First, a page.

Years ago, my husband and I bought our first house in Upstate New York: a 1930s cottage with small rooms, low ceilings and mediocre wood floors. I knew that the best way to lighten up the rooms and make the whole house look bigger was to paint the floors white. Our contractor expressed nervous doubt. He, like many traditionalists, thought that painting the wood — despite its inferiority — was sacrilege.
What he may not have known was that there is a long tradition of painting wood floors. Throughout the Gustavian period, from about 1780 to 1810, Swedes painted floors to mimic ornate parquetry and expensive Italian marble floors, a practice that had an added benefit: The painted floors were lighter in color, so the rooms appeared brighter, a welcome change especially during the dark Swedish winters.
Painted floors were also common in American homes during the 19th century because the paint acted as a sealant on soft pine floors, making them easy to clean and less prone to staining. But painting floors had a decorative purpose as well: Common in American homes throughout the 18th and 19th centuries were floors stenciled with intricate patterns meant to resemble expensive European wool and silk woven carpets.
We sold our cottage about seven years ago, and although my decorating taste has changed, my love of painted floors has not. In our current house, I had a more ambitious floor-painting plan, one that required a professional. My search led me to decorative painter and artist James Alan Smith, who began his career as an apprentice for the legendary muralist, decorative painter and interior designer Richard Lowell Neas. Smith teaches at the Isabel O’Neil Studio Workshop in New York and travels across the country painting floors and murals for top decorators and designers. He graciously shared some of his floor-painting tips.
Painting floors is time-consuming and takes patience. Smith cautions that the most important step in the process is waiting long enough between coats for curing.
Start by removing everything from the room. Then sand the floors. This is very messy, and although you can rent the necessary equipment, it’s worth having a professional do it. Once the floor is sanded and cleaned of dust, Smith coats the floor with a white pigmented oil-based primer and lets it cure for a day. He then applies two base coats of Benjamin Moore’s oil-based Satin Impervo in whatever color the client wishes, again allowing the paint to cure overnight between applications.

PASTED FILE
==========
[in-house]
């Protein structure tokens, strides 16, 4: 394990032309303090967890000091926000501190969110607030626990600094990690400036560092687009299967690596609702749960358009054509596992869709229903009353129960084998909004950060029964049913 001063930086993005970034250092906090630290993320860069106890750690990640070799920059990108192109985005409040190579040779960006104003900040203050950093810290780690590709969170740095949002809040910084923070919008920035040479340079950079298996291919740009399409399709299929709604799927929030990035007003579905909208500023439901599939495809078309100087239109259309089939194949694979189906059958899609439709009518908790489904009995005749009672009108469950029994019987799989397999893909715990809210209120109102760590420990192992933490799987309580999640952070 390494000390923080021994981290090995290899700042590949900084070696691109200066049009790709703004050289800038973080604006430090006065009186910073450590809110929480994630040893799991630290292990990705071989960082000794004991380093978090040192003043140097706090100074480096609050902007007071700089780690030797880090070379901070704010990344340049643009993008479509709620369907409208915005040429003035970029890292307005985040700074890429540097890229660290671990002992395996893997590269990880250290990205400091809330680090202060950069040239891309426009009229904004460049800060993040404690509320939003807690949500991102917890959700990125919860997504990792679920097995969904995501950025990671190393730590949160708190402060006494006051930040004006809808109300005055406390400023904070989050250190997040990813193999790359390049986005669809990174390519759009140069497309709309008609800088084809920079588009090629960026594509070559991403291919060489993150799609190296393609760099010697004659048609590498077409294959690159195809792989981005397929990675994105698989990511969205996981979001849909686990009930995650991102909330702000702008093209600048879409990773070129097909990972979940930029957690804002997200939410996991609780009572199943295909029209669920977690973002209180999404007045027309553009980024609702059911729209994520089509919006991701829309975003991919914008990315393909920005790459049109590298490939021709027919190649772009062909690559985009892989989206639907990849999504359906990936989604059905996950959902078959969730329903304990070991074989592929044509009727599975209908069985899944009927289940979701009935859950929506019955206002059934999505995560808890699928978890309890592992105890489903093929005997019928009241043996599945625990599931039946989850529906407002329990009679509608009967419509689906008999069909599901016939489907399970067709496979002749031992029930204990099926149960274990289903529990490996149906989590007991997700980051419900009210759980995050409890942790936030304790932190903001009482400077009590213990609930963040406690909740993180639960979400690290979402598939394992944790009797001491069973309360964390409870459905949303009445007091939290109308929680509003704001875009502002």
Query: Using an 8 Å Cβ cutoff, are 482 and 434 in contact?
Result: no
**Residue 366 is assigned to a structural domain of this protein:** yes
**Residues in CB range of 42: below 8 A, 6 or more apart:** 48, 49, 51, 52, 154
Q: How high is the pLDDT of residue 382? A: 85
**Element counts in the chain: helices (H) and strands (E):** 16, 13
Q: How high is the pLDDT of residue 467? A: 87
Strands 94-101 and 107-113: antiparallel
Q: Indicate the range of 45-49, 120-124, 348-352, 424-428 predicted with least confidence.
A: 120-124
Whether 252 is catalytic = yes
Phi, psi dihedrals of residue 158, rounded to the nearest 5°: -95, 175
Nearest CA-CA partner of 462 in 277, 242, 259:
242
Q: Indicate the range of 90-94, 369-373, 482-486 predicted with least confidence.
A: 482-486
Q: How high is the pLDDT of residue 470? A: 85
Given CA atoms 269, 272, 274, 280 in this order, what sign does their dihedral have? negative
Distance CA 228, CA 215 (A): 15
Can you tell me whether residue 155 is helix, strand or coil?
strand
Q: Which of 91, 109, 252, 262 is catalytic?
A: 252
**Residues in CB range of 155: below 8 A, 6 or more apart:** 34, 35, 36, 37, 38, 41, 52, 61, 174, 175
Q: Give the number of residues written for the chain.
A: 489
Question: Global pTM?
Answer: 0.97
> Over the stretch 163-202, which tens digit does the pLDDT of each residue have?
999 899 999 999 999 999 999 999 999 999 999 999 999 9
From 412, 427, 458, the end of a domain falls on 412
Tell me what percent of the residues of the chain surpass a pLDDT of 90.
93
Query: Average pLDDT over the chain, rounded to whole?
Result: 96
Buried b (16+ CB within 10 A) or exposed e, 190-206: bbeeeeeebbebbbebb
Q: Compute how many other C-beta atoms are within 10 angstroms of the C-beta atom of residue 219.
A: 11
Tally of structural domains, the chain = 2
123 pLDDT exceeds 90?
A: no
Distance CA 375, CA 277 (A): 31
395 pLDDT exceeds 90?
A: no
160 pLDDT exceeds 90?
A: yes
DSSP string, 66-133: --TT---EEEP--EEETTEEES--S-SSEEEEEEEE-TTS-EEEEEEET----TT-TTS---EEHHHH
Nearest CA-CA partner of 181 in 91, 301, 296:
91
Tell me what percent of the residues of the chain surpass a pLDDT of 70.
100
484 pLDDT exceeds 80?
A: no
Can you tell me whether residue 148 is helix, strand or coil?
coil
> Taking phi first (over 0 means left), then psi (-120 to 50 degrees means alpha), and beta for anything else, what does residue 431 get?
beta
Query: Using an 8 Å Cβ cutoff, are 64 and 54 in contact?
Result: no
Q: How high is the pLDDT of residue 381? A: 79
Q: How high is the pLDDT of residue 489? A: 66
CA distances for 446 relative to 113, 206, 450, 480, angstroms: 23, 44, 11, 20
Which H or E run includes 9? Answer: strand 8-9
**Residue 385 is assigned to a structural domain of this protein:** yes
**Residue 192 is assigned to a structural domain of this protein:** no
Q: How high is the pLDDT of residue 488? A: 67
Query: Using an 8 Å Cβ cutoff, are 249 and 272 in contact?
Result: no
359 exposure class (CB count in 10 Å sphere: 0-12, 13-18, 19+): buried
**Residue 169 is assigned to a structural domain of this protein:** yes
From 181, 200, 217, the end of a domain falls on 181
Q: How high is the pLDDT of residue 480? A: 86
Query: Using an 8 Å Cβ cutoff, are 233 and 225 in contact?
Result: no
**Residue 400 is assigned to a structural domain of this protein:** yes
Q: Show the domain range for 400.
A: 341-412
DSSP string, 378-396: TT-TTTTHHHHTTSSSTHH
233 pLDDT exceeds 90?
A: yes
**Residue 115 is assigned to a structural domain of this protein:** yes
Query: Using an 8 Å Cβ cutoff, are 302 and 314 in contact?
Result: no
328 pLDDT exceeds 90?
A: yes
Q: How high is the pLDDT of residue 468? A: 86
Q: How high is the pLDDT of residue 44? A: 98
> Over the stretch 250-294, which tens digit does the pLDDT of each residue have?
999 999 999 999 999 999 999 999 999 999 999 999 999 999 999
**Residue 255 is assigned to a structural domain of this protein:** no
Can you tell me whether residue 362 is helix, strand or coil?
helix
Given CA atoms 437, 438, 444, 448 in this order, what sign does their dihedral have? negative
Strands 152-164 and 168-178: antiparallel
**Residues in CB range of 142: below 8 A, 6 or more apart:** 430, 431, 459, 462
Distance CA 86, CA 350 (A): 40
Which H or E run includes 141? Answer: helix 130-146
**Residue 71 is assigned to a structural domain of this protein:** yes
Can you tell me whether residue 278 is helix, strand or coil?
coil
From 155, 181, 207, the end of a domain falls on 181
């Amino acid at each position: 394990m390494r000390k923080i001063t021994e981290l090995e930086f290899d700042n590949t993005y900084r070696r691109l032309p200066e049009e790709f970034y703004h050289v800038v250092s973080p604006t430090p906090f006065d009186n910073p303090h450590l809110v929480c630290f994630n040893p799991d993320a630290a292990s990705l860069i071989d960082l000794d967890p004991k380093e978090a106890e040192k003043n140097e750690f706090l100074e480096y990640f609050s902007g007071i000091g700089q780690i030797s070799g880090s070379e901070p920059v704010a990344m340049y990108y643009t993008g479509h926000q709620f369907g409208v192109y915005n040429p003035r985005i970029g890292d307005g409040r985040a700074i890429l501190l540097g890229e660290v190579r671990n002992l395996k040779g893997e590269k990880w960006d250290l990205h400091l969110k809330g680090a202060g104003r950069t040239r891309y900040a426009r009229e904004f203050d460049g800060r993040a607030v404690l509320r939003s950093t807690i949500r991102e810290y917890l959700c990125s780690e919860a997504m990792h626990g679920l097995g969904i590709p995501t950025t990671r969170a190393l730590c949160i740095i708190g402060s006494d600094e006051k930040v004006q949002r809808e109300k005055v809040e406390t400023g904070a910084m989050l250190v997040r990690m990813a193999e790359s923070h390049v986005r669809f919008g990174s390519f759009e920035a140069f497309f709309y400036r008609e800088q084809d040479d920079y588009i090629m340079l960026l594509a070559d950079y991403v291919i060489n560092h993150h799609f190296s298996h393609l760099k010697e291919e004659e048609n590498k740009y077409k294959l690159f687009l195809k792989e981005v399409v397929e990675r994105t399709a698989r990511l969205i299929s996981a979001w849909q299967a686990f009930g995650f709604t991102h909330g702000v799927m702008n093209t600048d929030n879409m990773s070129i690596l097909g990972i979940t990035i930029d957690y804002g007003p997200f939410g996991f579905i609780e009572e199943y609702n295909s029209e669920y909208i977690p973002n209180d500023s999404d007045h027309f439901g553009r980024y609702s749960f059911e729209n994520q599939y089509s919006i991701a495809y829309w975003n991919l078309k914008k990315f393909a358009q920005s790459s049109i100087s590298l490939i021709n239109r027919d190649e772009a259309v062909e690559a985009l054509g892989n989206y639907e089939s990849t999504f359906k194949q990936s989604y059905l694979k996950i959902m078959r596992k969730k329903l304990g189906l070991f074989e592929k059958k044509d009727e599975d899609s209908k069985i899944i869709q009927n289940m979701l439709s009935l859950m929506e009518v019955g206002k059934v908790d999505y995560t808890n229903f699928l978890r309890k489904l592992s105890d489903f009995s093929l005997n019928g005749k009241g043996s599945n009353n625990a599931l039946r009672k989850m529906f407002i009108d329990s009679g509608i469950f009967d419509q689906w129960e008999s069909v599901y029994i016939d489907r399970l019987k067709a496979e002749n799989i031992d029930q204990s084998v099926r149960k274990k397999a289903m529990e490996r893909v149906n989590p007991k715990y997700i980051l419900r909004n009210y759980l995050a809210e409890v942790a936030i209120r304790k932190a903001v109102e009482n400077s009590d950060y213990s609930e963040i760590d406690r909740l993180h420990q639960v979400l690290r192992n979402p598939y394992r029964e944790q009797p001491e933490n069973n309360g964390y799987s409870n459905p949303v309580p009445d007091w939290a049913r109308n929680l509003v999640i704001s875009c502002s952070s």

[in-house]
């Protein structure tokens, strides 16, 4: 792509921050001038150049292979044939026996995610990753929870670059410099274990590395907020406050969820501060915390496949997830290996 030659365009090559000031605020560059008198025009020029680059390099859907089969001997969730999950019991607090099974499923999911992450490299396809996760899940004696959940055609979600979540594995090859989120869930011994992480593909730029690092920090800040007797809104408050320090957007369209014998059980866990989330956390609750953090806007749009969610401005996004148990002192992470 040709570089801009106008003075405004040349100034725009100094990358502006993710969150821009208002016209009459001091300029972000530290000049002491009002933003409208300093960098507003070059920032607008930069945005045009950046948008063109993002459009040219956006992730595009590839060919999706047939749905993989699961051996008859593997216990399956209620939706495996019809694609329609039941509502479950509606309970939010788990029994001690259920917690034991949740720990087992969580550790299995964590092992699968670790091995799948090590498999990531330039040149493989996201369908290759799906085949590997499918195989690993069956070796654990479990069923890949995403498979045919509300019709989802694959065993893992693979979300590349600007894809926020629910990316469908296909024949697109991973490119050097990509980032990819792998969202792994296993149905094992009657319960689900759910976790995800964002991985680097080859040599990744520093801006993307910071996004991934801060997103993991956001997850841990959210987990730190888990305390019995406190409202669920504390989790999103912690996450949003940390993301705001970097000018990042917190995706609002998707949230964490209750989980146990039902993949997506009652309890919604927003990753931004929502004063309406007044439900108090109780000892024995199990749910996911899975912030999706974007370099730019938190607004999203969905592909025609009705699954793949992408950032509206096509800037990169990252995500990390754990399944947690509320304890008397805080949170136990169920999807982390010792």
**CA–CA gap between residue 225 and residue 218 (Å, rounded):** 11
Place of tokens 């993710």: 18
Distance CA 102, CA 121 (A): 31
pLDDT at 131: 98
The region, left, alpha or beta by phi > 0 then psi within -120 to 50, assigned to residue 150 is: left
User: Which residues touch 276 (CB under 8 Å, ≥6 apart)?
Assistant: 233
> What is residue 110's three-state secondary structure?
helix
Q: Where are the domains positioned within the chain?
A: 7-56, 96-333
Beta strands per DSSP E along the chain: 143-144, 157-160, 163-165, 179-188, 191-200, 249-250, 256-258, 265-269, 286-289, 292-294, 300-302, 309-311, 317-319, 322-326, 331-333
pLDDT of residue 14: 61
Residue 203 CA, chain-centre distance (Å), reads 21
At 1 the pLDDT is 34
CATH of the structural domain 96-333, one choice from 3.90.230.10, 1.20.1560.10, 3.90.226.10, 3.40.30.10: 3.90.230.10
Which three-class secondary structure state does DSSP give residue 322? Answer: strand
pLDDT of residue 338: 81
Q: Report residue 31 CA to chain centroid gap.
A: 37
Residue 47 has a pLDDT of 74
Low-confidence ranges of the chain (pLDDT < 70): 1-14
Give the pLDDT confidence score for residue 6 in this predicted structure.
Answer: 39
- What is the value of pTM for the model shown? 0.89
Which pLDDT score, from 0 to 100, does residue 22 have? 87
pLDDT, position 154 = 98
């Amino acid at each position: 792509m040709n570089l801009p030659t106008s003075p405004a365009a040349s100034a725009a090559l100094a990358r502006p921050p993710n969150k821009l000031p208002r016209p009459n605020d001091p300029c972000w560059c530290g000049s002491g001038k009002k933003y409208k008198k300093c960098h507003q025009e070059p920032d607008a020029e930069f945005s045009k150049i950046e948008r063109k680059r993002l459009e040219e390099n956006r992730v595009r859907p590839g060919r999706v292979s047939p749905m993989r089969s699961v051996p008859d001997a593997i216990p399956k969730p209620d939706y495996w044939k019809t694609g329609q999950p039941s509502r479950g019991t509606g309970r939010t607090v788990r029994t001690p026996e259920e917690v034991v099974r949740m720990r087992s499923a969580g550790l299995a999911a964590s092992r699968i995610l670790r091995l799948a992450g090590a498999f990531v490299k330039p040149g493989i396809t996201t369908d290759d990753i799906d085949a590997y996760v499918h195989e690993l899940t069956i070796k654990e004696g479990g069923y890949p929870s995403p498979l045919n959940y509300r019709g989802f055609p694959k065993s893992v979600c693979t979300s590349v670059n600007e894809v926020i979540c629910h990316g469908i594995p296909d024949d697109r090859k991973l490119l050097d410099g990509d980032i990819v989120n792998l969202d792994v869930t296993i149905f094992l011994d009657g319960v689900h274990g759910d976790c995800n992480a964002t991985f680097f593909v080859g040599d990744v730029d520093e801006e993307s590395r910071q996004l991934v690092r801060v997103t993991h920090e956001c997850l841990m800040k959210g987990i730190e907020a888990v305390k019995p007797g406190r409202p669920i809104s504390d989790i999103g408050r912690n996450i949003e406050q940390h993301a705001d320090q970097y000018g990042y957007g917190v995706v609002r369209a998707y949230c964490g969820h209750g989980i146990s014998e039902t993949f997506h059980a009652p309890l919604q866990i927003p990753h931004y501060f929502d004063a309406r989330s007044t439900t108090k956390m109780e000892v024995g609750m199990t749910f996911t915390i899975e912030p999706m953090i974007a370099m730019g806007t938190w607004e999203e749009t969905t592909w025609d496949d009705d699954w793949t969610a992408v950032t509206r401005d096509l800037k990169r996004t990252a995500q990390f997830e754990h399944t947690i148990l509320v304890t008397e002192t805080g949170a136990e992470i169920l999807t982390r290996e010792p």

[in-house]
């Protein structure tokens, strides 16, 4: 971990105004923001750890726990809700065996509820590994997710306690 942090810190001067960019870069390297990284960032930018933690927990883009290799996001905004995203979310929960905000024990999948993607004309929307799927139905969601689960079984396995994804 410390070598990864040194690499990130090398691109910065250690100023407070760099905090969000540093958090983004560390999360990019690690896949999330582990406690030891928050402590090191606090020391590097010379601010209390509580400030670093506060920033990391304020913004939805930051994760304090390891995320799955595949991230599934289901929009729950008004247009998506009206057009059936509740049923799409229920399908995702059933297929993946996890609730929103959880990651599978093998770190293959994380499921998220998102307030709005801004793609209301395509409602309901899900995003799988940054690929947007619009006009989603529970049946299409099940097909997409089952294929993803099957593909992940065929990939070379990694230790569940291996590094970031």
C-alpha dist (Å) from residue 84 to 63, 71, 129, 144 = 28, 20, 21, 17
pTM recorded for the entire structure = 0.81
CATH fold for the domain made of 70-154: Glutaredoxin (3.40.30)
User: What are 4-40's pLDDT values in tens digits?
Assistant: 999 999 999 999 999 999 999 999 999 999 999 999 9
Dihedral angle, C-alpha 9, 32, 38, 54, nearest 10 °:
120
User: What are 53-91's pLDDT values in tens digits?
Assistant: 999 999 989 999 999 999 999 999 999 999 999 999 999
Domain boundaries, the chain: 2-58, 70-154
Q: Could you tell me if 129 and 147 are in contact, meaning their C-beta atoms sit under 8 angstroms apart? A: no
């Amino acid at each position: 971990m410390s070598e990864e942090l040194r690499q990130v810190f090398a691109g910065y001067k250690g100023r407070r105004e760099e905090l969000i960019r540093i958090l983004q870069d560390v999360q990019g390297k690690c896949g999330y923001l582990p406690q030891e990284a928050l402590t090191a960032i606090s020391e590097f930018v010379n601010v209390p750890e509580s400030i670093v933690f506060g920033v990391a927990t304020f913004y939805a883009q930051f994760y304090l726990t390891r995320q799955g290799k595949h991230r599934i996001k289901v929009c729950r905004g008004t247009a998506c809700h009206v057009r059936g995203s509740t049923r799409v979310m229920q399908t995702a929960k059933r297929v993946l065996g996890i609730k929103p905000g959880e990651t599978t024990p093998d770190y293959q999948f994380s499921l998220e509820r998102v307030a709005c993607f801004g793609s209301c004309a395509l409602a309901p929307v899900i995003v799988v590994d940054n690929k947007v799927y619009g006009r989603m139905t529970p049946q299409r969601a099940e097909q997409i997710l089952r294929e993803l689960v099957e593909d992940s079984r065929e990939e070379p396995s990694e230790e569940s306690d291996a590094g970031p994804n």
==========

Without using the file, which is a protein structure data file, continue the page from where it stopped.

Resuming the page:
Once the floor is dry, Smith layers on whatever stencil, pattern or design the client wants using acrylic paints (his favorites are by Golden), which dry in an hour.
The easiest — and most popular — pattern for DIYers, according to Smith, is the classic checkerboard. He says the trick is to paint the checkerboard squares on a diagonal because it “hides a lot of the ins and outs, nooks and crannies, and imperfections of the room.” Painting the checkerboard on a diagonal also gives the illusion that your room is bigger by optically pushing out the walls. Smith cautions against adding a border to the room because it confines the space. It’s much better to let pattern run through the baseboard.
Smith starts the checkerboard by picking a center point in the room, which may not be the exact center. Smith says you want to play off what you feel is the center of the room, which is typically related to the main architectural element, such as a fireplace.
Smith marks that point on the floor with intersecting horizontal and vertical lines. Then, using a square template made from mat board, he works from the center point, marking squares on the floor in pencil. Smith uses square templates that range from 16 to 22 inches, but he never uses a 12-inch square — he says that size ends up looking like linoleum.
Once the checkerboard is outlined, Smith uses low-tack 3M blue tape to tape off alternating squares. (Smith suggests taping off only as much as you can paint in a day because he says it’s better to not leave the tape on overnight, as it can still pull up the paint.) He then paints alternating squares in whatever color the client has chosen.
The final step, whether you are painting a solid floor or a patterned floor, is to apply a water-based polyurethane. Smith suggests letting the polyurethane cure 24 hours before light traffic and seven days before moving furniture back into the room.
Painted floors are no different from any finished floor in terms of durability — they are covered in poly. Of course, if you drag a heavy piece of furniture across a painted floor, it will scratch the paint, but the same would happen if you had regular wood-finished floors.